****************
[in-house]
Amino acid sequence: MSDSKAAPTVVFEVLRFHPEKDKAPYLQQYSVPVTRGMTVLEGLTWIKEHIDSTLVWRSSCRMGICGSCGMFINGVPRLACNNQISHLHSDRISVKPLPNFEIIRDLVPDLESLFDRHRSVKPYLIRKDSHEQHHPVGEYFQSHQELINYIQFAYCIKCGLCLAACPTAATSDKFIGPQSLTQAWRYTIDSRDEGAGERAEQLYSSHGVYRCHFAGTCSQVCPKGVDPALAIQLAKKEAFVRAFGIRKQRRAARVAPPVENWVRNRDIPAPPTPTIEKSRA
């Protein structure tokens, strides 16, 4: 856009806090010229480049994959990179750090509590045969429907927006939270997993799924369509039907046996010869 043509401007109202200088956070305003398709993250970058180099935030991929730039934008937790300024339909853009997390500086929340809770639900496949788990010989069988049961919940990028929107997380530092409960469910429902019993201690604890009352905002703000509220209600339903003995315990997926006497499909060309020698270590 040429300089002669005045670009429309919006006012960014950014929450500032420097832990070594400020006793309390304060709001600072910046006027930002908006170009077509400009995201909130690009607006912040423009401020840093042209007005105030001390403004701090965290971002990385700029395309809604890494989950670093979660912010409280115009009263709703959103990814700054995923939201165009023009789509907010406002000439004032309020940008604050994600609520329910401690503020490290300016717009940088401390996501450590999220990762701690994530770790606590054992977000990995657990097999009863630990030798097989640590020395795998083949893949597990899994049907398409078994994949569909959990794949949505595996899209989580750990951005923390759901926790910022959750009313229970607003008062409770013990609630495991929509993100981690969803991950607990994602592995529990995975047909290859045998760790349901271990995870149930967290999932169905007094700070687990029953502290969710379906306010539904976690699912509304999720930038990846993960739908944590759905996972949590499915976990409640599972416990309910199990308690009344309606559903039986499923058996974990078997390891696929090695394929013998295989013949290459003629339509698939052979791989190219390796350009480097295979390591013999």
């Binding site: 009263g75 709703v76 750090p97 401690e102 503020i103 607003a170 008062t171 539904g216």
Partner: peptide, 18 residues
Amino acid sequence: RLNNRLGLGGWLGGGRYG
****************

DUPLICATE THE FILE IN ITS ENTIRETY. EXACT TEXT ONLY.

[in-house]
Amino acid sequence: MSDSKAAPTVVFEVLRFHPEKDKAPYLQQYSVPVTRGMTVLEGLTWIKEHIDSTLVWRSSCRMGICGSCGMFINGVPRLACNNQISHLHSDRISVKPLPNFEIIRDLVPDLESLFDRHRSVKPYLIRKDSHEQHHPVGEYFQSHQELINYIQFAYCIKCGLCLAACPTAATSDKFIGPQSLTQAWRYTIDSRDEGAGERAEQLYSSHGVYRCHFAGTCSQVCPKGVDPALAIQLAKKEAFVRAFGIRKQRRAARVAPPVENWVRNRDIPAPPTPTIEKSRA
């Protein structure tokens, strides 16, 4: 856009806090010229480049994959990179750090509590045969429907927006939270997993799924369509039907046996010869 043509401007109202200088956070305003398709993250970058180099935030991929730039934008937790300024339909853009997390500086929340809770639900496949788990010989069988049961919940990028929107997380530092409960469910429902019993201690604890009352905002703000509220209600339903003995315990997926006497499909060309020698270590 040429300089002669005045670009429309919006006012960014950014929450500032420097832990070594400020006793309390304060709001600072910046006027930002908006170009077509400009995201909130690009607006912040423009401020840093042209007005105030001390403004701090965290971002990385700029395309809604890494989950670093979660912010409280115009009263709703959103990814700054995923939201165009023009789509907010406002000439004032309020940008604050994600609520329910401690503020490290300016717009940088401390996501450590999220990762701690994530770790606590054992977000990995657990097999009863630990030798097989640590020395795998083949893949597990899994049907398409078994994949569909959990794949949505595996899209989580750990951005923390759901926790910022959750009313229970607003008062409770013990609630495991929509993100981690969803991950607990994602592995529990995975047909290859045998760790349901271990995870149930967290999932169905007094700070687990029953502290969710379906306010539904976690699912509304999720930038990846993960739908944590759905996972949590499915976990409640599972416990309910199990308690009344309606559903039986499923058996974990078997390891696929090695394929013998295989013949290459003629339509698939052979791989190219390796350009480097295979390591013999």
């Binding site: 009263g75 709703v76 750090p97 401690e102 503020i103 607003a170 008062t171 539904g216």
Partner: peptide, 18 residues
Amino acid sequence: RLNNRLGLGGWLGGGRYG